Transfusion for respiratory distress in life-threatening childhood malaria.
English M., Waruiru C., Marsh K.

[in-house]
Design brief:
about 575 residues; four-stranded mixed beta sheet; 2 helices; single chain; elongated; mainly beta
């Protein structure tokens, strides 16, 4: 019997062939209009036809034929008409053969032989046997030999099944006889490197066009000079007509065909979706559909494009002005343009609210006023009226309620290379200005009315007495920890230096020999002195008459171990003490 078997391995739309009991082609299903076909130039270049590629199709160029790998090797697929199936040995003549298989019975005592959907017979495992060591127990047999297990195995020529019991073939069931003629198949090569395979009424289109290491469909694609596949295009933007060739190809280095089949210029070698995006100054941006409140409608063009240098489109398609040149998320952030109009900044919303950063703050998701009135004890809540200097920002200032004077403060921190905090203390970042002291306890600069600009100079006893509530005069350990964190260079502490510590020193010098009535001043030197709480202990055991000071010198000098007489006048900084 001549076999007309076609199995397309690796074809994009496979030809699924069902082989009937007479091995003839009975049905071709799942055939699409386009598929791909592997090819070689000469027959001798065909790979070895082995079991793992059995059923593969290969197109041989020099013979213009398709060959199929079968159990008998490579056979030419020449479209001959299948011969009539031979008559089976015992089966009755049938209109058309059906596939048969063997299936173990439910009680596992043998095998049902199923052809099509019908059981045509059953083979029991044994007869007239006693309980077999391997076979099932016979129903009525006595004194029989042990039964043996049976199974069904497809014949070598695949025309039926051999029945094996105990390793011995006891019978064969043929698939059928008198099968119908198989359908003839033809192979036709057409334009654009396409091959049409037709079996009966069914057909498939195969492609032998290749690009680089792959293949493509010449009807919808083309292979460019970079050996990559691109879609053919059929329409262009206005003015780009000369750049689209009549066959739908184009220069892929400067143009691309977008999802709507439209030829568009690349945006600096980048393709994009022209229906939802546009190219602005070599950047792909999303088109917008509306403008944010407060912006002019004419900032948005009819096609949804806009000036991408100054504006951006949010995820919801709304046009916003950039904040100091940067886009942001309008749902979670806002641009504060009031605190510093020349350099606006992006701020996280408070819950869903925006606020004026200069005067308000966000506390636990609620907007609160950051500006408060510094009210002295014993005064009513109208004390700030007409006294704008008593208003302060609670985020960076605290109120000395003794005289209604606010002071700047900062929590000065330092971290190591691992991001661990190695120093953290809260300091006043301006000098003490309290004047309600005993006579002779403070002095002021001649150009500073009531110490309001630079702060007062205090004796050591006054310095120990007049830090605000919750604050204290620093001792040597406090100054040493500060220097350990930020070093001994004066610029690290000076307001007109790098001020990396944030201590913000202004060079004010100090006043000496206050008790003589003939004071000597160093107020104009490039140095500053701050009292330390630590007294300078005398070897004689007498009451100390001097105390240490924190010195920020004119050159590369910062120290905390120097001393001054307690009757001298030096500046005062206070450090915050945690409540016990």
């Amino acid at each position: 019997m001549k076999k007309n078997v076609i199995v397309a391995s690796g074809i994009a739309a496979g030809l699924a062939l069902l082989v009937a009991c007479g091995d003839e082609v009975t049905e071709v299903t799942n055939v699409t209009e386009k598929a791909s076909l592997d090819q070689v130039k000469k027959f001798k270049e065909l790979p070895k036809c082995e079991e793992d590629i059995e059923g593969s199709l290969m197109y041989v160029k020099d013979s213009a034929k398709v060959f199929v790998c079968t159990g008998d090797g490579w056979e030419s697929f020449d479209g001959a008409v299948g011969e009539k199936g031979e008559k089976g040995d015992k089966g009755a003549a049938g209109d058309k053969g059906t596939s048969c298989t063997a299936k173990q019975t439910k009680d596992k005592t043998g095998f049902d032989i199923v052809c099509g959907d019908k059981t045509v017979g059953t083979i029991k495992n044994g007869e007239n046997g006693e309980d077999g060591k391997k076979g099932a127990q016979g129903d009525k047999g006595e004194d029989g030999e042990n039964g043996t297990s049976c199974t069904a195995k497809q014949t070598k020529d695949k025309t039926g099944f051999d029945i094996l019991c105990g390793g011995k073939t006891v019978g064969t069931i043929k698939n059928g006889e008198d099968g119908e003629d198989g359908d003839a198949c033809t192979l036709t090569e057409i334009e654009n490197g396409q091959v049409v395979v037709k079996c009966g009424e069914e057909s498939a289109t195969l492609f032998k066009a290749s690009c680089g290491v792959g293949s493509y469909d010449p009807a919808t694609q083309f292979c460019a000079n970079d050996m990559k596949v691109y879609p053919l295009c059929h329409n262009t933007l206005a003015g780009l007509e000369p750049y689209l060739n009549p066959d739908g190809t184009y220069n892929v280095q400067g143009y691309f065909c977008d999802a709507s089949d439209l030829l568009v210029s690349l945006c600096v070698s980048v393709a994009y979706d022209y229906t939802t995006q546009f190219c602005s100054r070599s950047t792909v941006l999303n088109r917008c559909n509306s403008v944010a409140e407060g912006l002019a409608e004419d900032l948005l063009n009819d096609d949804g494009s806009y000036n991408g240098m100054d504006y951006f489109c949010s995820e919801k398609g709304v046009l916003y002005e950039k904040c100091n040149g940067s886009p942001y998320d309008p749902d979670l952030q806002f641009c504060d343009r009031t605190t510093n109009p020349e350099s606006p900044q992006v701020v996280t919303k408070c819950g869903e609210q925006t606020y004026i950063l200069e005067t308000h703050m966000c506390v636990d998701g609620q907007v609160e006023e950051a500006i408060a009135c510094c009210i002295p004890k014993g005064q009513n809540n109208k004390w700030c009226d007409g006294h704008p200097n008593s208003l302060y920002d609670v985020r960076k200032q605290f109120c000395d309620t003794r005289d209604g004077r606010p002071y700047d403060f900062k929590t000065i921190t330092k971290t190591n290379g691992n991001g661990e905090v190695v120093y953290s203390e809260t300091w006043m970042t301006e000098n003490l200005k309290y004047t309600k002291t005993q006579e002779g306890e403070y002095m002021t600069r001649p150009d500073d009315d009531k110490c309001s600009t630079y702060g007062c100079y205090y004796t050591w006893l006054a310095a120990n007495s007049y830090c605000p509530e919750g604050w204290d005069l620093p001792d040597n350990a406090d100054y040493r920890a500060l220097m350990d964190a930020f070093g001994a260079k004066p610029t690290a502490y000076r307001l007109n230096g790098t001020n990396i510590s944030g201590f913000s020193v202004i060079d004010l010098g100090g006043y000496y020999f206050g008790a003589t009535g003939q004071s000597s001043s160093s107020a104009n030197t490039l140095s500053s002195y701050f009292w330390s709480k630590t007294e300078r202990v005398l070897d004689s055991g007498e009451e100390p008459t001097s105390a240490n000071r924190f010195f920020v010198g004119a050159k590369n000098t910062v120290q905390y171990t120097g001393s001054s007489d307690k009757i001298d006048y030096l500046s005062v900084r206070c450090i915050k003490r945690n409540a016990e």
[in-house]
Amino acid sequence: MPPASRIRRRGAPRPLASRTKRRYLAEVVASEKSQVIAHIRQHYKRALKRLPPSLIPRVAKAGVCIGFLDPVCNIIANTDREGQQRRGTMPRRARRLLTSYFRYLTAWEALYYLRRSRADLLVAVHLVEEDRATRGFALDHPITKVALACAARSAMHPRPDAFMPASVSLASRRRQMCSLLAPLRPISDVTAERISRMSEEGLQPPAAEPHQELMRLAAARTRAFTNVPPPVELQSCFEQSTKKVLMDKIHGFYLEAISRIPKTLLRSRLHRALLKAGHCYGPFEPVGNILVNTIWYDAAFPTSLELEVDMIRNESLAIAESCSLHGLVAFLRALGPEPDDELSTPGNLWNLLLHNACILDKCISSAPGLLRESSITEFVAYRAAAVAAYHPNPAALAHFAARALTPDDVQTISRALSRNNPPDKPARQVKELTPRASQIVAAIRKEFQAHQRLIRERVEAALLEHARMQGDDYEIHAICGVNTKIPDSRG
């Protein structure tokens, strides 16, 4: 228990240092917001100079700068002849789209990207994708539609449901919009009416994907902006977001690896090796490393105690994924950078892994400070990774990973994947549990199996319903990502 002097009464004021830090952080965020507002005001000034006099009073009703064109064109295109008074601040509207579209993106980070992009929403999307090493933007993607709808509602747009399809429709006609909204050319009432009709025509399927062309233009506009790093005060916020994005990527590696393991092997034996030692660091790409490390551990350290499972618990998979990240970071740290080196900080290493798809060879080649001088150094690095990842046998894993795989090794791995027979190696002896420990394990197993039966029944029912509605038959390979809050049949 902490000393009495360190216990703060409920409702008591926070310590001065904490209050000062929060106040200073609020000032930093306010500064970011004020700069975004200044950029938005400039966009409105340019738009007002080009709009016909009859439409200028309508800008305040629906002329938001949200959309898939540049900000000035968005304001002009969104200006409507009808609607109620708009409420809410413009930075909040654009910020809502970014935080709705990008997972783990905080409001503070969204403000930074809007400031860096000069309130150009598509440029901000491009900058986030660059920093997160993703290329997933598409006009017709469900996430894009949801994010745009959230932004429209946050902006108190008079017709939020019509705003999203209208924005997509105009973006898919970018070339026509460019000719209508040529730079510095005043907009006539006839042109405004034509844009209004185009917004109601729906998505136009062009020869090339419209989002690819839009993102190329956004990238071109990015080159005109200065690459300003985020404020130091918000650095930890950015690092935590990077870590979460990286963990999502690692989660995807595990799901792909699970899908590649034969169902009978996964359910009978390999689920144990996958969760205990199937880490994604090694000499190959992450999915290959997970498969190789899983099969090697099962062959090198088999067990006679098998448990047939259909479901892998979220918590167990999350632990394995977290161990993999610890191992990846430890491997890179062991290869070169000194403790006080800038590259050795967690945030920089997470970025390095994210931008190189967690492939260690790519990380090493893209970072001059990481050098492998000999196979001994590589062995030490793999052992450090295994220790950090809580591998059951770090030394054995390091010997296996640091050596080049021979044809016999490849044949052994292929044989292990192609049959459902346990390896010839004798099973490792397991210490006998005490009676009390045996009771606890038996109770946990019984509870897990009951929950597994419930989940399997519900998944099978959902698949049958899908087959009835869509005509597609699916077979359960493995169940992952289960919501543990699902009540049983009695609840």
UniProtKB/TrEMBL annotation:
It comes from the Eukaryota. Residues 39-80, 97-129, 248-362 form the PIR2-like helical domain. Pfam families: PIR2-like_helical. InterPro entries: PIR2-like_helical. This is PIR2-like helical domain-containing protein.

We have prospectively collected information during resuscitation in 24 children with life-threatening malaria. All had clinical respiratory distress and 16 were severely anemic (hemoglobin < or = 5 g/dL) on admission. Central venous pressure (CVP) measurements were normal (< or = 5 cm of water) prior to treatment but all had a metabolic acidosis. The geometric mean lactate level was significantly higher in children admitted with severe anemia than in those without severe anemia (11.2 mmol/l versus 4.2 mmol/l; P = 0.009). Hypovolemia (a CVP on admission < 0 cm of water) was associated, although not significantly, with a higher admission plasma creatinine concentration (94 mumol/l versus 64 mumol/l; P = 0.06) and probably contributed to the severely reduced creatinine clearances (0-39 ml/min/1.73 ml2) found in 12 of the 13 children in whom this was assessed in the first 24 hr. Treatment resulted in a rapid decrease in blood lactate in 16 of the 13 children in whom this was assessed in the first 24 hr. Treatment resulted in a rapid decrease in blood lactate in 16 of the 20 children transfused, which was most dramatic in severely anemic children, who were rapidly resuscitated. In nonanemic children, early and rapid administration of normal saline usually resulted in both metabolic and clinical improvement. However, in three children, two of whom died, acidosis persisted despite resuscitation. Metabolic acidosis often accounts for respiratory distress in life-threatening childhood malaria. Severe anemia and hypovolemia appear to play major roles in its pathogenesis, are readily treatable, and there appears to be little risk of congestive cardiac failure even with an aggressive approach to fluid replacement.